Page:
Faring worse

Other sports have fared worse, some better as UK Sport has juggled the allocation of scarce cash in pursuit of continued Team GB success. Swimming’s elite funding is down 40 per cent in real terms, for example; triathlon’s has beaten inflation by 12 per cent.

None of which is to criticise the bureaucrats carving up the pot. UK Sport’s leadership has the unenviable task of satisfying its masters’ thirst for reflected glory while sustaining a wide sporting system capable of delivering medals over successive cycles. Remembering, of course, that champions are not created in a single, short Olympic span but over very many years.

You can interrogate the UK Sport funding data by sport here and here.

The figures for grassroots sport are, at first glance, more reassuring. Government grants and National Lottery income flowing into Sport England have actually grown by around eight per cent in real terms in the 12 years to 2022. 

Policy funding

However, the funding agency now supports a far wider range of organisations than in times past, and while its monies help keep local sport alive, it has a financial peashooter when it comes to the battle to keep sporting infrastructure open. And local councils, typically the owners and operators of key facilities, are themselves strapped for cash.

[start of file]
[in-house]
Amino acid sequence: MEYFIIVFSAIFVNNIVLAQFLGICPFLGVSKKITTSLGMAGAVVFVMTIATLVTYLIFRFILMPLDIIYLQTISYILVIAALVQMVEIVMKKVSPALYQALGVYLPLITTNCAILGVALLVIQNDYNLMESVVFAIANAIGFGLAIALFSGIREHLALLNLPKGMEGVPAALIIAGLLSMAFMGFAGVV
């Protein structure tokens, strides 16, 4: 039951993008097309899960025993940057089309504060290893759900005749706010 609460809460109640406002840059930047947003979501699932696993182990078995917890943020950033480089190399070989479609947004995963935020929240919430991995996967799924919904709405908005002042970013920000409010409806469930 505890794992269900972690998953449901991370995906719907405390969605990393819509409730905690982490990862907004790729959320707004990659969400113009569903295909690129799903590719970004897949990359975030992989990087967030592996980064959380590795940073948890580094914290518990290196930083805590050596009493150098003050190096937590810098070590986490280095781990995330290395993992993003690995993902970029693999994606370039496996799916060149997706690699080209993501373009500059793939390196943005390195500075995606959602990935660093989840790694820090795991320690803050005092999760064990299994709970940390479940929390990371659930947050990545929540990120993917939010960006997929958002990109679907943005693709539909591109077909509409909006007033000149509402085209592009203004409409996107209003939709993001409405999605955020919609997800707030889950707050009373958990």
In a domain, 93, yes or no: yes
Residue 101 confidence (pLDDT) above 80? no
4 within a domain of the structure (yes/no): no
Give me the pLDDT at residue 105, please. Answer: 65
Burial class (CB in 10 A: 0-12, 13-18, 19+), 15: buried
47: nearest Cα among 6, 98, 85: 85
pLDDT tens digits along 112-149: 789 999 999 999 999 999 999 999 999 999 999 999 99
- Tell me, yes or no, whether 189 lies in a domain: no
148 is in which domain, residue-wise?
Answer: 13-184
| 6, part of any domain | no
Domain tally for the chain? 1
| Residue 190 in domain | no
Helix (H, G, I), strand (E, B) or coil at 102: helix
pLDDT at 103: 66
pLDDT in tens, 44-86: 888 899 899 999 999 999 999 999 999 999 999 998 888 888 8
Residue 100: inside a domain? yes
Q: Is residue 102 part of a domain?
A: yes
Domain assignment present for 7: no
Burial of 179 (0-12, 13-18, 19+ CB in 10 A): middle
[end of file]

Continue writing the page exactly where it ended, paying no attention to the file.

Vote for Ed Warner, and what would you get? Tax breaks for volunteers who give their time to sport, and simplified paperwork that fits in with their busy lives. Health service “credits” for all to be spent on sporting activity. Sport to be carved out of DCMS and given a permanent seat in Cabinet. A bonfire of red tape and bureaucracy, banging together back offices within the funding agencies and between individual sports. 

But above all else, multi-year investment in school sport — its human capital and physical facilities. (No karate at No10 for me personally, though).

I’m not forgetting medals. I love them as much as the next person. Get all this right, though, and they will keep coming. Team GB’s winners for the 2030s and ‘40s are still just kids right now.

An appeal

Before I go, an appeal and invitation while you’re freshly engaged with this week’s column. We have just launched an innovative fundraising appeal for GB Wheelchair Rugby. ‘28 for 28’ is our search for 28 supporters willing to back us to the tune of £10k or more a year between now and the LA28 Paralympic Games.

One of our inaugural ‘28 for 28’ supporters, Ascot Group, is hosting a launch event on the evening of 28 February at its City office. If you or your business might be interested in investing in the growth of wheelchair rugby, an exhilarating sport for those with severe physical challenges, please drop me an email at sportinc@substack.com. I can then tell you more and add you to the guest list.

Ed Warner is chair of GB Wheelchair Rugby and writes his sport column at sportinc.substack.com